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What is meant with the fact that supersymmetry with $\mathcal{N}=4$ in three (2+1) dimensions is equivalent to supersymmetry with $\mathcal{N}=2$ in ordinary four (3+1) dimensions?

Which way does one go from one formulation to the other?

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In 4 dimensions the reducible, Dirac spinor representation is 4-dimensional. So N=2 SUSY in 4 dimensions means you have 2 Dirac spinors Q1 & Q2. Each has 4 components, so the total number of supercharges is 2*4=8.

In 3 dimensions theres only one irreducible spinor representation and its 2-dimensional. So you have 8 supercharges, two for each spinor. So you must have 4 of these spinors, call them Qa,Qb,Qc,Qd.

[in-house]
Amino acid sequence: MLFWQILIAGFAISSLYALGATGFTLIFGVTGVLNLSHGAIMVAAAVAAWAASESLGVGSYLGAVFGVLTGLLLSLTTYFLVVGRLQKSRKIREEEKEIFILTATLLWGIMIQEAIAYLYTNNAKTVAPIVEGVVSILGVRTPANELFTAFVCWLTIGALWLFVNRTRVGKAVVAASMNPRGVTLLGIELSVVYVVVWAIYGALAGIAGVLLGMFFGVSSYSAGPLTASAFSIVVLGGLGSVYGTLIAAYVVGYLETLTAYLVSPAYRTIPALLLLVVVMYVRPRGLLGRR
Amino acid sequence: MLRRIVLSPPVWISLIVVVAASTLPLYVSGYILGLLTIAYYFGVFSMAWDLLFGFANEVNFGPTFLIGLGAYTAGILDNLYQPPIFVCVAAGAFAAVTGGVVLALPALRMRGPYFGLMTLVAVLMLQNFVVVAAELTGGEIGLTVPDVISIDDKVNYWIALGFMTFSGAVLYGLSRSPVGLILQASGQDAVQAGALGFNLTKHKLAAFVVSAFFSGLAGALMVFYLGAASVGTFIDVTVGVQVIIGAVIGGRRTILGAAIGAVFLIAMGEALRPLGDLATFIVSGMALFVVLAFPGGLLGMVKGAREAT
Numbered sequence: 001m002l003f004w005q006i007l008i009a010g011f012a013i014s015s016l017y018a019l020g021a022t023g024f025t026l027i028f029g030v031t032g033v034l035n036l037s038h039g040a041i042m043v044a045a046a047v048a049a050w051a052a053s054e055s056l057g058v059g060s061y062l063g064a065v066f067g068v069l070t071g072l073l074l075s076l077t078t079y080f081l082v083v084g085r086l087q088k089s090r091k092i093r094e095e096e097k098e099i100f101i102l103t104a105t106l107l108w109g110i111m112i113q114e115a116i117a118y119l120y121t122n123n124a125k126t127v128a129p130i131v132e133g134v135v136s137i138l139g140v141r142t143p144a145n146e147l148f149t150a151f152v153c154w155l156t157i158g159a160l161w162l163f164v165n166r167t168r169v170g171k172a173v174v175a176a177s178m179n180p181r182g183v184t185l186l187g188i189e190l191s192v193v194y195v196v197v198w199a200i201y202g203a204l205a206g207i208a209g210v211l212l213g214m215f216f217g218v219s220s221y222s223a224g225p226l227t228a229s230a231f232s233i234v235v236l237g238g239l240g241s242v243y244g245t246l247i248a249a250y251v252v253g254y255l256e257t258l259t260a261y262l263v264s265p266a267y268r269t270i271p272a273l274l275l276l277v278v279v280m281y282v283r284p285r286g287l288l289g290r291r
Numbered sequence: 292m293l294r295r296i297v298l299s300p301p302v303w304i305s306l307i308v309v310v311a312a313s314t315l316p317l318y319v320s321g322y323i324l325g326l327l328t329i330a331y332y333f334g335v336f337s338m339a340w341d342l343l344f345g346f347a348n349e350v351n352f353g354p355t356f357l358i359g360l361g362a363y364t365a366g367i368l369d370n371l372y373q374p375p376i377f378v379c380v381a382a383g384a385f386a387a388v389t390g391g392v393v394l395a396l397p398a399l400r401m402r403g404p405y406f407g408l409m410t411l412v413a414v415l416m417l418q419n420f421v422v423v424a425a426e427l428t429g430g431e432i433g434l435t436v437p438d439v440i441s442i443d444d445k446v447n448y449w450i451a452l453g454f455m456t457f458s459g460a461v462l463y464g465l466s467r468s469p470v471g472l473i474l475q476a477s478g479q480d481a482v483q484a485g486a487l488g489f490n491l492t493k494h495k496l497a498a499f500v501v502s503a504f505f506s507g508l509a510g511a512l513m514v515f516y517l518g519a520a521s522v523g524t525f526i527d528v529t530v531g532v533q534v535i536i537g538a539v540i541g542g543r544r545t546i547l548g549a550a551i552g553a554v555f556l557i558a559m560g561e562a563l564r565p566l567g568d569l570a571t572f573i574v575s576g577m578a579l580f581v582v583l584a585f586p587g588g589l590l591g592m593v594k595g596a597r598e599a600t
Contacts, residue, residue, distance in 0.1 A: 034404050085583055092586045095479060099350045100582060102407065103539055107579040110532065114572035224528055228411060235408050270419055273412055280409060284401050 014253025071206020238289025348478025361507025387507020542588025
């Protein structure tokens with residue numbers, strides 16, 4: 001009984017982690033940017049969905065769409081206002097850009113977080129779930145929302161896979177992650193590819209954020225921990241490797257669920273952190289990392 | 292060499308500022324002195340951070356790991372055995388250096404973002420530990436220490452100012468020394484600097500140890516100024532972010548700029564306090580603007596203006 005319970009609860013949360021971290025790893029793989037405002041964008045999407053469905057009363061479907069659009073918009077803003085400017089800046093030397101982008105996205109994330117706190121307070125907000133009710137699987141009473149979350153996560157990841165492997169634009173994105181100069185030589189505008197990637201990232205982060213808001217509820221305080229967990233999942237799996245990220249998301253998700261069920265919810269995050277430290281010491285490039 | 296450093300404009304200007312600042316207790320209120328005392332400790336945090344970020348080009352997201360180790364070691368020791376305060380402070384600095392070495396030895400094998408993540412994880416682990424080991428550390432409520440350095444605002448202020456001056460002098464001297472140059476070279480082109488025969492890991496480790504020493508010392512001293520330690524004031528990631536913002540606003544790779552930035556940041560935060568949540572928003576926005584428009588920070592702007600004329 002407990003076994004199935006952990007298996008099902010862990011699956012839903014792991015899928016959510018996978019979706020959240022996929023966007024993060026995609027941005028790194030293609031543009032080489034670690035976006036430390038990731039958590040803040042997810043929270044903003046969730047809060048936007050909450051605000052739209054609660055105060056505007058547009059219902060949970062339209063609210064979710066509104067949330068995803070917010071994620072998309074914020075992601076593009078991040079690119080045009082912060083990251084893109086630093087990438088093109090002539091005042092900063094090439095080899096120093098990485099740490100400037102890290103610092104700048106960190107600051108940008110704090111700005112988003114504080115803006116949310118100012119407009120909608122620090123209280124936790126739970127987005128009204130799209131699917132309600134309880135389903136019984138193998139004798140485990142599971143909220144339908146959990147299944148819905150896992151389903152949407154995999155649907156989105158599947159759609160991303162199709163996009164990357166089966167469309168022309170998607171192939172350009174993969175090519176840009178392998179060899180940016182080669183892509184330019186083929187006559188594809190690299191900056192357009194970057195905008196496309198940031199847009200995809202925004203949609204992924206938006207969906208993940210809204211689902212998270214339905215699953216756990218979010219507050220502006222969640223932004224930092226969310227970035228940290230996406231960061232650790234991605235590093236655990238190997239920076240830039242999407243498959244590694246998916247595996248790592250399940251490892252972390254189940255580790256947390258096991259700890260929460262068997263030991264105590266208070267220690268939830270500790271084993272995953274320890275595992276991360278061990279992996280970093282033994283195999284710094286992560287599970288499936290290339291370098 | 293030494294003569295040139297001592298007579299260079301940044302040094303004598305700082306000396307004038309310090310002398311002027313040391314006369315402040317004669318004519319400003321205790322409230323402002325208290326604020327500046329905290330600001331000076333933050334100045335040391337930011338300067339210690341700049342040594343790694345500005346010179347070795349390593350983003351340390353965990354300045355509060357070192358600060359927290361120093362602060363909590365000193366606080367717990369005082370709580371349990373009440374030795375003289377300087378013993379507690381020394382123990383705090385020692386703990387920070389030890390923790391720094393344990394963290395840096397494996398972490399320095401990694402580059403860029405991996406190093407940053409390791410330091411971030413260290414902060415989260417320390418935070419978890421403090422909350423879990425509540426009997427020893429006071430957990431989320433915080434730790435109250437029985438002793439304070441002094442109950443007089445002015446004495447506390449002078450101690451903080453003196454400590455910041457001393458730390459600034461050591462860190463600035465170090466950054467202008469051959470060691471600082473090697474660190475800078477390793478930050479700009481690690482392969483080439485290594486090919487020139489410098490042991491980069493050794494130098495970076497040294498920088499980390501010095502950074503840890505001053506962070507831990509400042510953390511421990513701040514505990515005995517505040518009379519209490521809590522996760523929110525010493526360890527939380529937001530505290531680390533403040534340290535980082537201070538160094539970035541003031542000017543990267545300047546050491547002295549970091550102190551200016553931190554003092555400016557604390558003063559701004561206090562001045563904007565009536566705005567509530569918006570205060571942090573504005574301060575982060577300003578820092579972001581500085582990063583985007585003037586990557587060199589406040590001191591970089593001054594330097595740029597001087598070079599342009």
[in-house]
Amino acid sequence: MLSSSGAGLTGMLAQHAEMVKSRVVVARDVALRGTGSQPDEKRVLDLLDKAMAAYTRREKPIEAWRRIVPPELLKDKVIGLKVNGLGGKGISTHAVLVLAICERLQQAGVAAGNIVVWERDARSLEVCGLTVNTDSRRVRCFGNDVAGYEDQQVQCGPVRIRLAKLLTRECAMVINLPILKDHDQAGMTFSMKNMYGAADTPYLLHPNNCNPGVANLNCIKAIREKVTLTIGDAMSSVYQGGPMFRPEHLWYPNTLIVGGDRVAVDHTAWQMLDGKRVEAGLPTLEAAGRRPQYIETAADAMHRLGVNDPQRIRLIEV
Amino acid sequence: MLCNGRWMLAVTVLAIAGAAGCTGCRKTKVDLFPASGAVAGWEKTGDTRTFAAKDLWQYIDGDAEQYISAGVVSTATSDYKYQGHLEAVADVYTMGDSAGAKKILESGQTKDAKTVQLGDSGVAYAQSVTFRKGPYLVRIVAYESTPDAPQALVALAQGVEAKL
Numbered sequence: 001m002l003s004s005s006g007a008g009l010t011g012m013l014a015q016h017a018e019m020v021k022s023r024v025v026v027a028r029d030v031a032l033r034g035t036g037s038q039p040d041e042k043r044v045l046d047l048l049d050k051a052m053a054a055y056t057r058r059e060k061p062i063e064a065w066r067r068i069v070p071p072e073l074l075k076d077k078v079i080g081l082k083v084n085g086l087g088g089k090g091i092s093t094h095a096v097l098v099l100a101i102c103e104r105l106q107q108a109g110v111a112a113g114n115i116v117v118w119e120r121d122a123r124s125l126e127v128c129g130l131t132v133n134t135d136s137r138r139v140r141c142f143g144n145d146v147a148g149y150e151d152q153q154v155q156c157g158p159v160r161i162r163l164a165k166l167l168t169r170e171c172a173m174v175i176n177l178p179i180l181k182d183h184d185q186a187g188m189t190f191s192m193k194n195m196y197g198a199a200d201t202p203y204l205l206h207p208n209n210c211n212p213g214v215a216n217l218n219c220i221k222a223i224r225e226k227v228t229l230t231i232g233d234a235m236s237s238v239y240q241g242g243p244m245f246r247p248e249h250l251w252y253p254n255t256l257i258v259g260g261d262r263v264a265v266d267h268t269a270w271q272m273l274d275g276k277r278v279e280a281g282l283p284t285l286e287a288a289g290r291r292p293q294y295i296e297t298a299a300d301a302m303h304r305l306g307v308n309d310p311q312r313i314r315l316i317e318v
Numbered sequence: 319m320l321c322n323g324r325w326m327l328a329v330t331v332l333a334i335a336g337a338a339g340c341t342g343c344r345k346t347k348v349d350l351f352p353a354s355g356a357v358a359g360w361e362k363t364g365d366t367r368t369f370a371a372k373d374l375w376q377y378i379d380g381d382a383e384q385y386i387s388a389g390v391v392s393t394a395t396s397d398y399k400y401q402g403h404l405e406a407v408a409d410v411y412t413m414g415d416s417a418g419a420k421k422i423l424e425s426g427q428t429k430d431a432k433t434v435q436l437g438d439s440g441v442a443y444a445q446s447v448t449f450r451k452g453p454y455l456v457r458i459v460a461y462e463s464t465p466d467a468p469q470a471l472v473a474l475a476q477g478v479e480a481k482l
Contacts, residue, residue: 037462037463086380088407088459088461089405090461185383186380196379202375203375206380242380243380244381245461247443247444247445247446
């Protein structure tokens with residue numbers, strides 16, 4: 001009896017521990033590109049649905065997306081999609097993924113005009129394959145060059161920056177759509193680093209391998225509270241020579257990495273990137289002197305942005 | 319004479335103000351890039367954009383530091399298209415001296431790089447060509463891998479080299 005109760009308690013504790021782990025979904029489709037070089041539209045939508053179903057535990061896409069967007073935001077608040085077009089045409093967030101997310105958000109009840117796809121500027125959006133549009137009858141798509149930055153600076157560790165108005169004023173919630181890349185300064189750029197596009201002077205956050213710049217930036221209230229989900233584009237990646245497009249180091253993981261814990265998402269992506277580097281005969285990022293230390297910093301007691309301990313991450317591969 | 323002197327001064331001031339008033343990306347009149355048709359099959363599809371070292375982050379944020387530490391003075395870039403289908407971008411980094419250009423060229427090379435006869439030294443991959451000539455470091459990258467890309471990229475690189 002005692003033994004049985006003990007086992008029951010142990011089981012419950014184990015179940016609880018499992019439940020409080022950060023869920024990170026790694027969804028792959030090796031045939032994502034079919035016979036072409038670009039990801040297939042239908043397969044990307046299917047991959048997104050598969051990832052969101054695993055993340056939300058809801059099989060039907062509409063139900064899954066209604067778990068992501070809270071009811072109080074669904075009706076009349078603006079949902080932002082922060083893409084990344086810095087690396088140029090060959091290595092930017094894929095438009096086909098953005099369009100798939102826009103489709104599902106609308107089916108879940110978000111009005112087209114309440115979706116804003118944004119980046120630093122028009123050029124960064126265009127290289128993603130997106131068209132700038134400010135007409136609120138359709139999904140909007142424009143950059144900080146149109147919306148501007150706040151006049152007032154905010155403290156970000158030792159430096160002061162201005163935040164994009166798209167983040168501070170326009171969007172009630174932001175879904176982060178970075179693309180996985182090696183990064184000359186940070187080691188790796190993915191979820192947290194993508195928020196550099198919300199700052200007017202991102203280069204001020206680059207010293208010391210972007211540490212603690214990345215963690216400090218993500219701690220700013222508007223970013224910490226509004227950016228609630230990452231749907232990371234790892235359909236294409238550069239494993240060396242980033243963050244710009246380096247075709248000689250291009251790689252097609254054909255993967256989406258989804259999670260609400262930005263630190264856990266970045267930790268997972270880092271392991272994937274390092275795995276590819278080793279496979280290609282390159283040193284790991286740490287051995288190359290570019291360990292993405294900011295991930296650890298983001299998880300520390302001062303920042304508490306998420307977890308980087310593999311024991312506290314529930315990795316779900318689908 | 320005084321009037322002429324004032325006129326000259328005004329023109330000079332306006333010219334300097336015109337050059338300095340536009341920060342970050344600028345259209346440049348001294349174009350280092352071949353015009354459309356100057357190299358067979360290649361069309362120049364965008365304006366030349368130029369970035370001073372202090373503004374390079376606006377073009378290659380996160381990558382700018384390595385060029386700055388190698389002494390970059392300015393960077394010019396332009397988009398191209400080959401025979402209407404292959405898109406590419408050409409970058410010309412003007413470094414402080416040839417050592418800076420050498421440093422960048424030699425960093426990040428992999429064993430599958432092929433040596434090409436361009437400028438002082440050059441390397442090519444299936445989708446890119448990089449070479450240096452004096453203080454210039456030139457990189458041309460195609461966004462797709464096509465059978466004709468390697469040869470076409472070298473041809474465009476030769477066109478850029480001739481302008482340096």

Its all about keeping track of the dimensions of the spinor representations. The general formula is 2^(d/2) if d, the spacetime dimension, is even and 2^([d-1]/2) if d is odd. So the pattern is

2 & 3 dimensions: 2 component spinors 4 & 5 dimensions: 4 component spinors 6 & 7 dimensions: 8 component spinors.

So when you reduce dimensions, you always have the same number of supercharges, its just the difference in how you organize them into spinors. Its kind of decomposition problem, how do my spinor representations break up when I reduce my dimension?

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